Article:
UNIDENTIFIED MALE: Turn left and descend immediately. I don't care what altitude. Descend. You got traffic off your right.



BLITZER: Let's get right back to Jack Cafferty for "The Cafferty File" -- Jack.


Before you go online to shop or pay bills, or check your bank statement, or even send an e-mail, stuff that we all do every day, stop and think about this: More than 75,000 computer systems at 2,500 companies worldwide have been hacked. A Virginia security firm, NetWitness, says it could be one of the largest, most sophisticated cyber-attacks ever discovered.

It began late in 2008 and wasn't even found out until last month. The attack targeted everything from corporate information to e-mails, credit card, login information. The hackers went after companies in the health and technology sectors, educational institutions, energy, financial firms, 10 government agencies, as well as Internet service providers.

Very scary stuff, when you consider some of these industries ought to know a thing or two about computer security. You think?

It's believed the hackers got employees at these targeted companies to download infected software or got them to open infected e-mails that were infected with attachments. And, from there, the attackers could commandeer the users' computers, steal the passwords to banking and social networking sites, and then helped themselves attack other computer systems. And the thing just went on and on and on. It took a year-and-a-half for them to even discover this thing.

Experts say the attack points up that traditional security approaches on the Internet just aren't working anymore.

Meanwhile, news of this attack comes after it was revealed that computer networks were compromised at Google and more than 30 other big companies. Google says the attack on them originated in China.

I wonder how safe the computers are that have to do our national security are?

Anyway, here's the question: How confident are you that the Internet is a secure place to transact business?

Go to Post a comment on my blog -- 75,000 companies hacked into, 2,500 different corporations. This is a massive assault on confidential Internet information, Wolf.

BLITZER: And just think how many people are involved as a result of that. It is shocking.

All right, Jack, thanks very much.

Let's talk about this with our national security contributor Fran Townsend.

So it is safe to do your personal business on the Internet right now?

FRANCES TOWNSEND, CNN NATIONAL SECURITY CONTRIBUTOR: Well, Wolf, it is interesting. I think most people think it is just like identity theft. It's a crime that happens to somebody else, but not to me.

If you go on to and use the Internet and your personal information is lost or stolen, the company has an obligation to tell you, Wolf, that your information is stolen. But if I go on to that Internet site, I have no idea how often that site has been hacked, how much personal information of other customers has been lost, and so I don't really have any way of making a judgment as to whether one site is safer or less safe than others.

BLITZER: Should they be required to tell us that, yes, their security systems, their computers have been hacked, they have been violated X-number of times? Should we know that?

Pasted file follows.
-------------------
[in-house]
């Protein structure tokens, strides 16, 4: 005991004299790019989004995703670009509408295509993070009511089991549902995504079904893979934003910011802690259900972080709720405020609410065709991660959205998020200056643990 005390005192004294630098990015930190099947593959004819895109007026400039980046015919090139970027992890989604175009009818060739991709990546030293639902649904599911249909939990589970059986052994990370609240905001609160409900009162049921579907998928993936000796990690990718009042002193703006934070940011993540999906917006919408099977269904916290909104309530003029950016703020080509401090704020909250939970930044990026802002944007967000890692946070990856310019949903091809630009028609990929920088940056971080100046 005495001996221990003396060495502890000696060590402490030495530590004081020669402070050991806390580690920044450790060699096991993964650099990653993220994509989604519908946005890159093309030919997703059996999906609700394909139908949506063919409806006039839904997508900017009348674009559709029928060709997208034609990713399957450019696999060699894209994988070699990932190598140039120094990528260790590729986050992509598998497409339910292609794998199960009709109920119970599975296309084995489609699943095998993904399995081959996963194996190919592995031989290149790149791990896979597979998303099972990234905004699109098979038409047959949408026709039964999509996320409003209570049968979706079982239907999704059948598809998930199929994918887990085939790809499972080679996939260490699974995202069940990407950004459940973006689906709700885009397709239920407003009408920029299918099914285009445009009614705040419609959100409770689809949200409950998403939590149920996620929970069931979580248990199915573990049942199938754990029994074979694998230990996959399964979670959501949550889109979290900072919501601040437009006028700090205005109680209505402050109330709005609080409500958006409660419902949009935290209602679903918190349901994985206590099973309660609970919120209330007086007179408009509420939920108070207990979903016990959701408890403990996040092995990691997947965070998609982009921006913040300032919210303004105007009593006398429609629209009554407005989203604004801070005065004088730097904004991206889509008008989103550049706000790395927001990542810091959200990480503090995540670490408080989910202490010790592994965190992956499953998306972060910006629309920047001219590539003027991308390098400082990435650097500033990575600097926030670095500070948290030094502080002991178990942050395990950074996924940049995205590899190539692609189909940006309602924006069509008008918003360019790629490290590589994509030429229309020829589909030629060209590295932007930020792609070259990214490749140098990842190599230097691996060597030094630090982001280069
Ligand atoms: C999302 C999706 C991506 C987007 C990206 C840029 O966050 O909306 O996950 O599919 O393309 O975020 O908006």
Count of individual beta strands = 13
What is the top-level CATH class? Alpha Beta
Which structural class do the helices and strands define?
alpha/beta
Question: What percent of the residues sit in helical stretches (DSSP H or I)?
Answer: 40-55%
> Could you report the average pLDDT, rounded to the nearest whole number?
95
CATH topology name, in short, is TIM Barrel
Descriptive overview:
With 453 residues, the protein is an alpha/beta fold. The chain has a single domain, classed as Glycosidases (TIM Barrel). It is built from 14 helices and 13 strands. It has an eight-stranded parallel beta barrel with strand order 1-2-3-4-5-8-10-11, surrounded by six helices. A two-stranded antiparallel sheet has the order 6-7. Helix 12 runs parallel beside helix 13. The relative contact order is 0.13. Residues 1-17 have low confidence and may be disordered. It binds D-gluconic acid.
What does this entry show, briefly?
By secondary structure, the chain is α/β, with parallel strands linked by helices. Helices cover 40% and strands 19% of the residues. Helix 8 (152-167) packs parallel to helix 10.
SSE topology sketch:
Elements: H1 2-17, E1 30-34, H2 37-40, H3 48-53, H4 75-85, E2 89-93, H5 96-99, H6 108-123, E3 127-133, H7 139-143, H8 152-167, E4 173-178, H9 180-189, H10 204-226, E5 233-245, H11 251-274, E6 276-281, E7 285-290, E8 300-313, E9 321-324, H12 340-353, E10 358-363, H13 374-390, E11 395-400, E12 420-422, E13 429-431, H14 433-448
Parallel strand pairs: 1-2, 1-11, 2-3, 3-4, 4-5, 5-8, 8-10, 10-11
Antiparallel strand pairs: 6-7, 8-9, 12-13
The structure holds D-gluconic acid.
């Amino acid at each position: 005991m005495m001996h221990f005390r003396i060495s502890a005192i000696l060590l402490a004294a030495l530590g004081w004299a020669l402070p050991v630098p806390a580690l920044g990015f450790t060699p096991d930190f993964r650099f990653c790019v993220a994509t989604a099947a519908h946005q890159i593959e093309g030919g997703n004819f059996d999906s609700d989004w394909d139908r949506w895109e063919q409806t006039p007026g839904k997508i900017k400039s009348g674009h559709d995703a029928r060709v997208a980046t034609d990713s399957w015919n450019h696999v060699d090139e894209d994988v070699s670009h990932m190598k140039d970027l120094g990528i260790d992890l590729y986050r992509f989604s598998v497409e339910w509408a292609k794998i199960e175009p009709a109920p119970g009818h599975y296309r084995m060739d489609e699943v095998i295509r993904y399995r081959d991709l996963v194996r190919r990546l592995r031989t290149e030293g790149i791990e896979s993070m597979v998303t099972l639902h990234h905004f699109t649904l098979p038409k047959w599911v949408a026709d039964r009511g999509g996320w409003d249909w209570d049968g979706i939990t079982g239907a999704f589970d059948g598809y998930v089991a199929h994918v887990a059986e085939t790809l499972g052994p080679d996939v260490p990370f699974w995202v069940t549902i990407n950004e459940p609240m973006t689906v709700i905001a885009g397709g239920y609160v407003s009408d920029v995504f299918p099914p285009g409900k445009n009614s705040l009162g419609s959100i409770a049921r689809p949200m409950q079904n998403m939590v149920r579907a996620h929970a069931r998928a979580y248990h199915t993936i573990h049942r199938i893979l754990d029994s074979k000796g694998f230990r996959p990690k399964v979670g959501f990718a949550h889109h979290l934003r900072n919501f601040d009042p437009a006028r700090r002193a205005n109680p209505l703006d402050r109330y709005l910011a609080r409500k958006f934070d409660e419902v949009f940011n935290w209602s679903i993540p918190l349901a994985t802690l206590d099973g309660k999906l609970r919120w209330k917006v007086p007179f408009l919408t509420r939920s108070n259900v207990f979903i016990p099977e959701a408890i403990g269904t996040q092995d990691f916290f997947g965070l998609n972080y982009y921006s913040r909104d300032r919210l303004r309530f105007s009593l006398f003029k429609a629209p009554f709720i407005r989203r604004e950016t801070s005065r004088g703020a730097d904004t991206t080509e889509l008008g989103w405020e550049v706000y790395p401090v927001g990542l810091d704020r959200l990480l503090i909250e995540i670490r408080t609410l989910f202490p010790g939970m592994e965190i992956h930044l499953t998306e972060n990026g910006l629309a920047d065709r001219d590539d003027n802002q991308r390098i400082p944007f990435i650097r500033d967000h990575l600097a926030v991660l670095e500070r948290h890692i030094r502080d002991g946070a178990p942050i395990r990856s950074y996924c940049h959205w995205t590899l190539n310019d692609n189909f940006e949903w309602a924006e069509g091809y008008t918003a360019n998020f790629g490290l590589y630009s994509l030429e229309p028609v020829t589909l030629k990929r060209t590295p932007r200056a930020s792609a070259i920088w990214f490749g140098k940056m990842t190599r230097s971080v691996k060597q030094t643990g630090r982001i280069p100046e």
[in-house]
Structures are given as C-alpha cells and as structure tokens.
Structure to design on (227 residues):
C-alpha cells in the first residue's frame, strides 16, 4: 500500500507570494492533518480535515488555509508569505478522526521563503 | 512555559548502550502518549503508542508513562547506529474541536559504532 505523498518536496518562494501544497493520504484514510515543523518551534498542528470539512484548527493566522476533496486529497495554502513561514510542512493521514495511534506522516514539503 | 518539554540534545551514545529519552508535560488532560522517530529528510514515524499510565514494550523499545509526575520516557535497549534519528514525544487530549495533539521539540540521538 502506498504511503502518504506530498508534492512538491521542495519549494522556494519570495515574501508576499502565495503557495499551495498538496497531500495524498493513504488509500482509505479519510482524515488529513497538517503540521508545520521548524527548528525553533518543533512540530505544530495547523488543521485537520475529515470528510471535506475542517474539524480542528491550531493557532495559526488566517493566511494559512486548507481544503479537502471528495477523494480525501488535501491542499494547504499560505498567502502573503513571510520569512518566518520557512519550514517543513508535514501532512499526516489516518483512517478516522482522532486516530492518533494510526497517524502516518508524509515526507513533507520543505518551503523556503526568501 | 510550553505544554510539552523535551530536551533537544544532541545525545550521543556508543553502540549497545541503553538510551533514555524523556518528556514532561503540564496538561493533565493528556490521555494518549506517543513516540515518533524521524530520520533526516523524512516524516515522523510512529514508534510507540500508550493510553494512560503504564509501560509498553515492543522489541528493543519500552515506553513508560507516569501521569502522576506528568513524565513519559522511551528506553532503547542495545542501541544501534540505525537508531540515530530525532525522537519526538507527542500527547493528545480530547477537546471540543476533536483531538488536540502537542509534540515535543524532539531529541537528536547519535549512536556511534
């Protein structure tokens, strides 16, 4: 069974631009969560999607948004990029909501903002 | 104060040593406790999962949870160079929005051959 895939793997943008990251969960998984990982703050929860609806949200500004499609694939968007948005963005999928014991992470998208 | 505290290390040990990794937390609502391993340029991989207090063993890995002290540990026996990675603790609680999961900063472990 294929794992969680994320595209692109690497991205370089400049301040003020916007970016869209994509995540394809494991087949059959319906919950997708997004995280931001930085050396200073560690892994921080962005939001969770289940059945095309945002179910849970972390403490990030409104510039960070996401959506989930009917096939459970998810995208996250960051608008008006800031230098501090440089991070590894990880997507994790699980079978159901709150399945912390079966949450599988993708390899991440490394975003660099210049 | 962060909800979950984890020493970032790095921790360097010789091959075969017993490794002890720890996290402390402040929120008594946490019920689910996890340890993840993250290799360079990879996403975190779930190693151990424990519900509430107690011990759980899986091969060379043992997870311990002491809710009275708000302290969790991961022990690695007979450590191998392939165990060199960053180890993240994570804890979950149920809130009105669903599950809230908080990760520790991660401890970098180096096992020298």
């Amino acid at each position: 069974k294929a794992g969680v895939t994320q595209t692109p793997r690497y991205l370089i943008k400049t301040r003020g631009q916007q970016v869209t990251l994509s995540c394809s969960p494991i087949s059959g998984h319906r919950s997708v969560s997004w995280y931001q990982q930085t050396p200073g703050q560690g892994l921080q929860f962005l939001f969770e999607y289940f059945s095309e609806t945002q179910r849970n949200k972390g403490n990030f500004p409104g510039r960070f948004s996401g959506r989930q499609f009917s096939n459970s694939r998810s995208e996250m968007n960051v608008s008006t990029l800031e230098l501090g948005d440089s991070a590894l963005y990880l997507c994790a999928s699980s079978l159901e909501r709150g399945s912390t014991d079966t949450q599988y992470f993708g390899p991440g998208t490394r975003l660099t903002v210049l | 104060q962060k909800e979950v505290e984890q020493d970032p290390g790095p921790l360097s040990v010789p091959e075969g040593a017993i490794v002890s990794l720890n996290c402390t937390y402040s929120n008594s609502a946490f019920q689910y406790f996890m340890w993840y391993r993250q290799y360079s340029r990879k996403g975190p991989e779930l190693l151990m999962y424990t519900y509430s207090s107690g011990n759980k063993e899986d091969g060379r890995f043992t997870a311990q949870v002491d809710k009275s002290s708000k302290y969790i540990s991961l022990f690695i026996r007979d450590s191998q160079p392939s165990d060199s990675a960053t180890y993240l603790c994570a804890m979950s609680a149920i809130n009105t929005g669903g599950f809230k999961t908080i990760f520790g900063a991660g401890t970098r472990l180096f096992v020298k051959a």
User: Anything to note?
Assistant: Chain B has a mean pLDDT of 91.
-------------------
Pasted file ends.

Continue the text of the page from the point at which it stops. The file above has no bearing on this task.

TOWNSEND: you know what? Doesn't it seem to you that we should?

After all, when you go on to log on to pay, it will say this site is going secure for you to make your payment and put your payment information in there. But I would want to know, and I think most Americans would want to know whether or not a site has been subject to hacking, has lost information in the past, how much, and what kind of information.

I do think that would be useful. And I think, as you see people become more and more concerned with this, and members of Congress, frankly, you are more likely to see that sort of requirement that that information be publicly disclosed.

BLITZER: And especially when you hear all these reports that these hackers are coming from China or Russia or elsewhere, even from Iran, for that matter, you have got to get nervous.

TOWNSEND: No, that is exactly right. And Jack asks the right question. Having worked inside the government for more than two decades, I can tell you, every day, we see Chinese, Russian hackers trying to get into government systems. Even our national security systems are not sufficiently secure and that is a huge priority for the current and prior administrations.

BLITZER: You and I were -- participated in a cyber war game this week as it was -- as I said earlier, it was pretty scary, what we saw, the ability to deal with these kinds of problems.

TOWNSEND: Absolutely.

BLITZER: Fran, thanks very much.

So, what if a massive cyber-attack crippled, actually crippled the United States? This weekend you, can see how we might be able to respond to a real cyber shockwave, a CNN special you will not want to miss. It airs Saturday and Sunday night, 8:00 p.m. Eastern, 5:00 Pacific. This is fascinating and very important stuff. Tiger Woods in his own words. We are going to play for you the complete statement he made earlier today, apologetic, emotional, sometimes defiant. You will see it raw and unedited. That's coming up.

Plus, the wife of the pilot who launched the suicide plane attack on the IRS is speaking out about what she calls unimaginable tragedy.



BLITZER: It is the mea culpa heard around the world, for the first time, Tiger Woods publicly owning up to his infidelity on camera.

His speech from the start to the finish, you will see it, you will hear it live right here in THE SITUATION ROOM.


BLITZER: To our viewers, you're in THE SITUATION ROOM.

Happening now: Their existence came to light during post- election protests last year. Now a former member of Iran's notorious Basij militia comes forward with inside stories of unspeakable brutality. You will see it here.

Lining up to land, then frantic instructions from the tower over a major U.S. airport -- two planes come within seconds of disaster. We have the tape for you.